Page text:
ENDS

Notes to Editor

  1. The NHS Cervical Screening Programme is directly responsible for a 42 per cent drop in incidence in cervical cancer between 1988 and 1997 (England and Wales). It saves around 1,300 lives per year.
  2. In England 927 deaths from cervical cancer were recorded in 2002 , down from 1,046 in 2001.
  3. Cancer Research UK has evaluated the interval for cervical screening. The findings indicate that a more effective screening programme can be provided by changing the frequency of screening according to a woman's age.
  4. Cervical cancer is very rare in women under 25. In 2002, five deaths from cervical cancer were registered for women aged between 15 and 24. Twenty six cases of cervical cancer were registered in 2000.
  5. In response to recommendations from the National Institute for Clinical Excellence (NICE), the NHS Cervical Screening Programme carried out a pilot project at three sites in England (Bristol, Newcastle and Norwich) to evaluate all the effects, costs and practical implications of introducing LBC technology into the programme.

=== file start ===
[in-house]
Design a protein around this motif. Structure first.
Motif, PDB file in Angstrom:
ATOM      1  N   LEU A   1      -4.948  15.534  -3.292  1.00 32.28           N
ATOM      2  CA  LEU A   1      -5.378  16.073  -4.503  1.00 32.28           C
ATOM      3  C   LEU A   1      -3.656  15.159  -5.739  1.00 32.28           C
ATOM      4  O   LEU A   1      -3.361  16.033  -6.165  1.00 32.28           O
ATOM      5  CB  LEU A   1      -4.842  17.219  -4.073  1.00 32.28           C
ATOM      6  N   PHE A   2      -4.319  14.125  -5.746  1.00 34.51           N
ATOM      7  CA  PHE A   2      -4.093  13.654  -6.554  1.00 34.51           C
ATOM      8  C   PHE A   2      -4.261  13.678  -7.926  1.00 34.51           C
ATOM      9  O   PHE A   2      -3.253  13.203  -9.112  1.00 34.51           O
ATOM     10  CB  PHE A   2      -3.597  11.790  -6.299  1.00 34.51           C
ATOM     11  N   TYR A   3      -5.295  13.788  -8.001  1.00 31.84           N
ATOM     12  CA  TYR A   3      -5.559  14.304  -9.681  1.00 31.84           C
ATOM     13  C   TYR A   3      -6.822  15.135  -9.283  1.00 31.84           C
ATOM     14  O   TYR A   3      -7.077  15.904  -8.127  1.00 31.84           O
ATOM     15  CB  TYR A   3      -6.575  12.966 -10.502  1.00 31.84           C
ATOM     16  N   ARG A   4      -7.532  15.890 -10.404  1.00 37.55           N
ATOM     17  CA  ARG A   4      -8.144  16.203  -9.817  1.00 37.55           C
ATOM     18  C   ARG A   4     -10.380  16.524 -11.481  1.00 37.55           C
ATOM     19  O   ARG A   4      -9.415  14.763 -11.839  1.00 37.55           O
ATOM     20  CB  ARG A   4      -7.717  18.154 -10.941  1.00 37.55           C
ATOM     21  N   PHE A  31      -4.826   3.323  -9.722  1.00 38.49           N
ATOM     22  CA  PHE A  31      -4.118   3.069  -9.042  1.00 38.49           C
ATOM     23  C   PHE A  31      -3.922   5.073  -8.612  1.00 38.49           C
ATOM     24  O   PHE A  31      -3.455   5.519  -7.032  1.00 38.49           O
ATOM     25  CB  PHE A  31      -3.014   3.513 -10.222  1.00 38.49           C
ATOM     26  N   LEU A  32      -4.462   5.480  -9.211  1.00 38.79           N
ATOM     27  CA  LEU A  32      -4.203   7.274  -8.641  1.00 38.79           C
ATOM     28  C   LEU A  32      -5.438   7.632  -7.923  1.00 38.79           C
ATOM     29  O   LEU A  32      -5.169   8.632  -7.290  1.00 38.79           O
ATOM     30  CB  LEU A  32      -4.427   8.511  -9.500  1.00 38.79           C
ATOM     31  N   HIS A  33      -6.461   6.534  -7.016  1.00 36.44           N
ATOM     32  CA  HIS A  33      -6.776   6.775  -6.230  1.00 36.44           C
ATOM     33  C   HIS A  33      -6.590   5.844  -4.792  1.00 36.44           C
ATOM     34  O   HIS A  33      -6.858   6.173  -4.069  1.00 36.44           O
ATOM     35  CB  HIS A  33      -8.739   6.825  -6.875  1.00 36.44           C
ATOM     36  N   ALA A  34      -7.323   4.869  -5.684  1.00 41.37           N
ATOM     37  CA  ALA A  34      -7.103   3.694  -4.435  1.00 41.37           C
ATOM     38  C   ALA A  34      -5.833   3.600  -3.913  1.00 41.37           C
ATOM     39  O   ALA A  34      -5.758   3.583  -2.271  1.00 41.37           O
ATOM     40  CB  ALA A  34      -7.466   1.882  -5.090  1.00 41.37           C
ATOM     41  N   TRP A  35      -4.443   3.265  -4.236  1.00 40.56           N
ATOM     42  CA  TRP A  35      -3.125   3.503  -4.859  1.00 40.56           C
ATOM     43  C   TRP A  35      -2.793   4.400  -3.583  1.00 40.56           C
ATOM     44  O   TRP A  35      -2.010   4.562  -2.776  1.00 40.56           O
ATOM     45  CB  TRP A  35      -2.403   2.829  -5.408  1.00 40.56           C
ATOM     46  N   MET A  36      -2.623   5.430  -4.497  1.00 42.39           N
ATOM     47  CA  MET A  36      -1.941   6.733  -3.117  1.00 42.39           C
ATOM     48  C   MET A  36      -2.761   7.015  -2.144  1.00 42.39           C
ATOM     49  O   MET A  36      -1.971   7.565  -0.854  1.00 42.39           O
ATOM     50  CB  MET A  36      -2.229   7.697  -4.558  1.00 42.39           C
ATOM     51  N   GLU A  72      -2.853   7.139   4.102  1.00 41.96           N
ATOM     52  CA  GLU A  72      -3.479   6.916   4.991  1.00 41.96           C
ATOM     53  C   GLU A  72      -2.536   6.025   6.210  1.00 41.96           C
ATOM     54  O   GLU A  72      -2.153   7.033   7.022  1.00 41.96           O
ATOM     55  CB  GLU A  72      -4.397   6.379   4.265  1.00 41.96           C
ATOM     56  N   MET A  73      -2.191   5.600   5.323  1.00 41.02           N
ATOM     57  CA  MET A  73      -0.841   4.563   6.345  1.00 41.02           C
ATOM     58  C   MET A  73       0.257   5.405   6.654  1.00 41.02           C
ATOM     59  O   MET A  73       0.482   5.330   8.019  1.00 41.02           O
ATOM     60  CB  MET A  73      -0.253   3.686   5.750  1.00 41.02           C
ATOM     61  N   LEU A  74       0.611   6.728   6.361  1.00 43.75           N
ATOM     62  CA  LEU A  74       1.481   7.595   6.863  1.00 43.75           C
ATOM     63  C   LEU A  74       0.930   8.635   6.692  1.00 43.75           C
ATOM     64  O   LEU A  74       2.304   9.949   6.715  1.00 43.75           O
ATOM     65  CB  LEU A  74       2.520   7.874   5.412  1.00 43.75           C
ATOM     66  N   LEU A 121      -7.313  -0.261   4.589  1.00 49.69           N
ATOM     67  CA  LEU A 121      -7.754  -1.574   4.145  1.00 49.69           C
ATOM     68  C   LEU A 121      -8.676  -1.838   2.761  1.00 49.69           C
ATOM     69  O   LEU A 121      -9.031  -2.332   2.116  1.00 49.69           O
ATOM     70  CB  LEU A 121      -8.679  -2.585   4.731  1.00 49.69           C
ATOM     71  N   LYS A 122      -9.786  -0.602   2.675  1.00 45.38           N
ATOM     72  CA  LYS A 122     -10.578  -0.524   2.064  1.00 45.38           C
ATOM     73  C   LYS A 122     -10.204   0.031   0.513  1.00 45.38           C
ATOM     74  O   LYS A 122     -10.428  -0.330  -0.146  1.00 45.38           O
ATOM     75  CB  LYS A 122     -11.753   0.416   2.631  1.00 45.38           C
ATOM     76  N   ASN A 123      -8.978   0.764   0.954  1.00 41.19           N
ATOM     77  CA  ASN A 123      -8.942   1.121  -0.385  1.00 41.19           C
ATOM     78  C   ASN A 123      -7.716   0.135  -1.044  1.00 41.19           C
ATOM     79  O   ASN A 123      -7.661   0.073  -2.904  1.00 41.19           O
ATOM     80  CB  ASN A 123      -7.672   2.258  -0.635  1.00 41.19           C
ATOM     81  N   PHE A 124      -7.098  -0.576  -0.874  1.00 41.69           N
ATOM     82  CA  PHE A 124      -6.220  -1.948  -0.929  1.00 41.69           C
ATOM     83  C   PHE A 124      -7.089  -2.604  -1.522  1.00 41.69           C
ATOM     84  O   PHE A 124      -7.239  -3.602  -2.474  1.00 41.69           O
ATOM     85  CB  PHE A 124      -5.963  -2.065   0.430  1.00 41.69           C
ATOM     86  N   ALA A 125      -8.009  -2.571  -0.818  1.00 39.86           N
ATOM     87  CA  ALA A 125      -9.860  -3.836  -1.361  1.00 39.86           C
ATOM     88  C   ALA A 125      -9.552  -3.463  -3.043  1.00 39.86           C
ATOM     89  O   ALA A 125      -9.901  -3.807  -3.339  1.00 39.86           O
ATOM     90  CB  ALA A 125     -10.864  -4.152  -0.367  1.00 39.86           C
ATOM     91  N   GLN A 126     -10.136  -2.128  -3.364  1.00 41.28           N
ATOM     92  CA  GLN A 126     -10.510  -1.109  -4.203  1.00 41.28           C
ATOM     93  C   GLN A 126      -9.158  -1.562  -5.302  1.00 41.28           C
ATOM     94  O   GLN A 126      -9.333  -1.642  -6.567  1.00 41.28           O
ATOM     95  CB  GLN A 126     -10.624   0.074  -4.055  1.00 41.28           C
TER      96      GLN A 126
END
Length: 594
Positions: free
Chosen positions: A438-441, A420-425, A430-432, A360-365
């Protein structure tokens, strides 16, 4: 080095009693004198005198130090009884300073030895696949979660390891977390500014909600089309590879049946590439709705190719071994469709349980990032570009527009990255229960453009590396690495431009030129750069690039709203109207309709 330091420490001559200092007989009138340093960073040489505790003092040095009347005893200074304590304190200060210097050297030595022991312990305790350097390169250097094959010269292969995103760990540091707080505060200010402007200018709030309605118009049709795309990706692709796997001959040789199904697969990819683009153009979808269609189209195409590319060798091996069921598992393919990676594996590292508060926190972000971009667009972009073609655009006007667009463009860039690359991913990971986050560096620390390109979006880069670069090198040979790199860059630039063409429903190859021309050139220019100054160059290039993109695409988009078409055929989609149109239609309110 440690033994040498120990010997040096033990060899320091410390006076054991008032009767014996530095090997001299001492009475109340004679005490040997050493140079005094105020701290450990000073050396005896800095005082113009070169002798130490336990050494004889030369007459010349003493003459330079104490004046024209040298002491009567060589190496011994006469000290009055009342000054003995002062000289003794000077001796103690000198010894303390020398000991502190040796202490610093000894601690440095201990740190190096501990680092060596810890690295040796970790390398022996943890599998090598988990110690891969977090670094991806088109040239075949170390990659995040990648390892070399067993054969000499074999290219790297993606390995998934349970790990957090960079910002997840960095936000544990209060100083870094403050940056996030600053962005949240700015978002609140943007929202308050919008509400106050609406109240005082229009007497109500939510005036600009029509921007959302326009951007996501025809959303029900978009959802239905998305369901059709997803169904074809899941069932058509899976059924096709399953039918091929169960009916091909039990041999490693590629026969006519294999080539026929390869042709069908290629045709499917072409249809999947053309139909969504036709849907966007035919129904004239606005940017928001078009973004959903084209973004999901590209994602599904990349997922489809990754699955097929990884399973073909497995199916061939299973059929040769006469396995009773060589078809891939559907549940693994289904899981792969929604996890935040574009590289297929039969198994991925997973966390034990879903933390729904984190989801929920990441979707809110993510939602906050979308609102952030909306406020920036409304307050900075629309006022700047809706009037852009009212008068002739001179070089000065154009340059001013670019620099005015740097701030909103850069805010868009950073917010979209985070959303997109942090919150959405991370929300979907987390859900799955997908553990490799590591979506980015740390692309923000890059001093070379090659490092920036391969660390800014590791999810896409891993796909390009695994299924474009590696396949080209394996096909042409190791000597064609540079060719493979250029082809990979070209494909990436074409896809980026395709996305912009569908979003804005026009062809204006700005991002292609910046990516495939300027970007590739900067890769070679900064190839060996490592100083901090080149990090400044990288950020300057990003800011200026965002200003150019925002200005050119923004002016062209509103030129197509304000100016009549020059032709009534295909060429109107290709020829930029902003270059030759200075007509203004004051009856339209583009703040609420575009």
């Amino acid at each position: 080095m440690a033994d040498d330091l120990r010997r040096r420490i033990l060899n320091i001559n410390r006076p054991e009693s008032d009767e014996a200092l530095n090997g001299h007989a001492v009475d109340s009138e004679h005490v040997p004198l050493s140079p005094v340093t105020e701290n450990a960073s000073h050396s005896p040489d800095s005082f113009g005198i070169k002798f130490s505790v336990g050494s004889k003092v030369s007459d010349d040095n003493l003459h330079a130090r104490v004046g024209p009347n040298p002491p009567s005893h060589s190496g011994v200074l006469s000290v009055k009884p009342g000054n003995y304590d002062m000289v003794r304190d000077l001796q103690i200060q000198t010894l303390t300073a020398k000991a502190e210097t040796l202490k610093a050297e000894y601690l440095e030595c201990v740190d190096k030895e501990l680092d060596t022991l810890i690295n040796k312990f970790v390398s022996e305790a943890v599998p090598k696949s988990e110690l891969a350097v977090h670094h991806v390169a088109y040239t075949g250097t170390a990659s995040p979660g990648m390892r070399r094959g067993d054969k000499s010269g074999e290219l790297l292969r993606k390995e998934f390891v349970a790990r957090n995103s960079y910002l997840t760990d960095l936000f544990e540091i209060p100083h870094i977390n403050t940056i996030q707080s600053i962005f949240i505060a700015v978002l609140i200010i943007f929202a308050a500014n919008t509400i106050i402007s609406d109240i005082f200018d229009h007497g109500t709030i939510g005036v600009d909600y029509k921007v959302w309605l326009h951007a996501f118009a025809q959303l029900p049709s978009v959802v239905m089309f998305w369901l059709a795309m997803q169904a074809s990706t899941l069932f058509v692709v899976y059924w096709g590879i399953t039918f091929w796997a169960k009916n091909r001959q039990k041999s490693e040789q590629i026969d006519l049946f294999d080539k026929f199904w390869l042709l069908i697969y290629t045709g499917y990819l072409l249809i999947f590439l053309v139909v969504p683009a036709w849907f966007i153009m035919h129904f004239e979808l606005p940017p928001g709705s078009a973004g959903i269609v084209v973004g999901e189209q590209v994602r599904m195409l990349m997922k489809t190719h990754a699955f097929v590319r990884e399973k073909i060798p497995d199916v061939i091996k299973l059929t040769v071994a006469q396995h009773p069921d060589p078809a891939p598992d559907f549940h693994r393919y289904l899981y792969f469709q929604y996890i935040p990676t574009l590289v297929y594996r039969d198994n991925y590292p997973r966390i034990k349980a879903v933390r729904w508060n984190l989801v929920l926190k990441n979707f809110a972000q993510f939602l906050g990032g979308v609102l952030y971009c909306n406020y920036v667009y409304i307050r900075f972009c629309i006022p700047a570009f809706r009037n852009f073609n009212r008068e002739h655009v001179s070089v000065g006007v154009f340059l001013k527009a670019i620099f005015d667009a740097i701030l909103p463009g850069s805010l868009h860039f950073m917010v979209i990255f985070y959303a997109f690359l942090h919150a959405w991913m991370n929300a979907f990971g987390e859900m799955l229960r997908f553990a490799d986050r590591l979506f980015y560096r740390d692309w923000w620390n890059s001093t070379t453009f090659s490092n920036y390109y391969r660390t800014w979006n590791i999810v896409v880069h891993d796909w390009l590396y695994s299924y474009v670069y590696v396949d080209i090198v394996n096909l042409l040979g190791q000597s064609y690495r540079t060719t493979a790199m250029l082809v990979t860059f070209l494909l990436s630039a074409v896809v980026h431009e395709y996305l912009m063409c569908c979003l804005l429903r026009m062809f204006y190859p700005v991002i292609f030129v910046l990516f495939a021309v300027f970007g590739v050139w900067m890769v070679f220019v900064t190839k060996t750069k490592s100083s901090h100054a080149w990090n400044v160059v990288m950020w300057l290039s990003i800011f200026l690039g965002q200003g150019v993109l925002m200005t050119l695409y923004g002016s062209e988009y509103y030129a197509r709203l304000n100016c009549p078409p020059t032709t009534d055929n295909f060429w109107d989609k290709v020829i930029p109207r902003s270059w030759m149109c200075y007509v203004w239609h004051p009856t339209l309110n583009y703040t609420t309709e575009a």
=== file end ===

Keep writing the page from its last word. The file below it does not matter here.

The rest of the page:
6. The pilot evaluation report estimated that it will cost £10 million to convert from conventional screening to LBC. The Government is providing £7.2 million over two years to kick start national rollout. Thereafter funding will be supplied from PCT baselines.
  7. LBC will be rolled out nationally across the programme. Roll-out across England is expected to take five years. All NHS Cervical Screening Programme cervical cytology training schools in England will be trained as part of the first phase of implementation. SHAs have been issued with advice on how best they can roll out LBC for their local populations, laboratories and primary care.
  8. No screening technology will be 100 per cent accurate. Cervical screening can prevent 80 to 90 per cent of cancer cases in women who attend for regular smears. Screening is one of the best defences against cervical cancer.
  9. The evaluation of LBC report is available at www.cancerscreening.nhs.uk.